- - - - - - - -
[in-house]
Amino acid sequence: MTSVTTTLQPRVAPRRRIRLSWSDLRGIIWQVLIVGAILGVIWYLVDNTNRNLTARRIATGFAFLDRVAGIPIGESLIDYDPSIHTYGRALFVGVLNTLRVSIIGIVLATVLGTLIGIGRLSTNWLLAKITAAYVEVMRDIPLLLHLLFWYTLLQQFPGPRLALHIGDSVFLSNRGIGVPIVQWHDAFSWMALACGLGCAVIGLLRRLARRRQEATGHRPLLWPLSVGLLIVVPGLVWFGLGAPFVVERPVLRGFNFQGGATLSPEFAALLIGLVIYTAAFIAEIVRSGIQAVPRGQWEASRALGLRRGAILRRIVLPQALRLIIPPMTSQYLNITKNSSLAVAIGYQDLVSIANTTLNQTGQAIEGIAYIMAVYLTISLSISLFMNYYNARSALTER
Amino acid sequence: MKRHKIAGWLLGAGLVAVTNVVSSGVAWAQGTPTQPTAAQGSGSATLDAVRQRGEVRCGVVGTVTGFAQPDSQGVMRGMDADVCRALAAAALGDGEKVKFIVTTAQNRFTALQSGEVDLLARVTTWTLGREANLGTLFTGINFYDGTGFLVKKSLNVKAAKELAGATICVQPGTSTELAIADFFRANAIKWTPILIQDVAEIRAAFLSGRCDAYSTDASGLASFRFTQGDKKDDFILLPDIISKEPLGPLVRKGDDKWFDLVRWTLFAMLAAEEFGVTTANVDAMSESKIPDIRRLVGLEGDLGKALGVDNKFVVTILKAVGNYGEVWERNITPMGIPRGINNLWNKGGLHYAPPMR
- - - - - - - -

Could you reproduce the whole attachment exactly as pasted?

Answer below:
[in-house]
Amino acid sequence: MTSVTTTLQPRVAPRRRIRLSWSDLRGIIWQVLIVGAILGVIWYLVDNTNRNLTARRIATGFAFLDRVAGIPIGESLIDYDPSIHTYGRALFVGVLNTLRVSIIGIVLATVLGTLIGIGRLSTNWLLAKITAAYVEVMRDIPLLLHLLFWYTLLQQFPGPRLALHIGDSVFLSNRGIGVPIVQWHDAFSWMALACGLGCAVIGLLRRLARRRQEATGHRPLLWPLSVGLLIVVPGLVWFGLGAPFVVERPVLRGFNFQGGATLSPEFAALLIGLVIYTAAFIAEIVRSGIQAVPRGQWEASRALGLRRGAILRRIVLPQALRLIIPPMTSQYLNITKNSSLAVAIGYQDLVSIANTTLNQTGQAIEGIAYIMAVYLTISLSISLFMNYYNARSALTER
Amino acid sequence: MKRHKIAGWLLGAGLVAVTNVVSSGVAWAQGTPTQPTAAQGSGSATLDAVRQRGEVRCGVVGTVTGFAQPDSQGVMRGMDADVCRALAAAALGDGEKVKFIVTTAQNRFTALQSGEVDLLARVTTWTLGREANLGTLFTGINFYDGTGFLVKKSLNVKAAKELAGATICVQPGTSTELAIADFFRANAIKWTPILIQDVAEIRAAFLSGRCDAYSTDASGLASFRFTQGDKKDDFILLPDIISKEPLGPLVRKGDDKWFDLVRWTLFAMLAAEEFGVTTANVDAMSESKIPDIRRLVGLEGDLGKALGVDNKFVVTILKAVGNYGEVWERNITPMGIPRGINNLWNKGGLHYAPPMR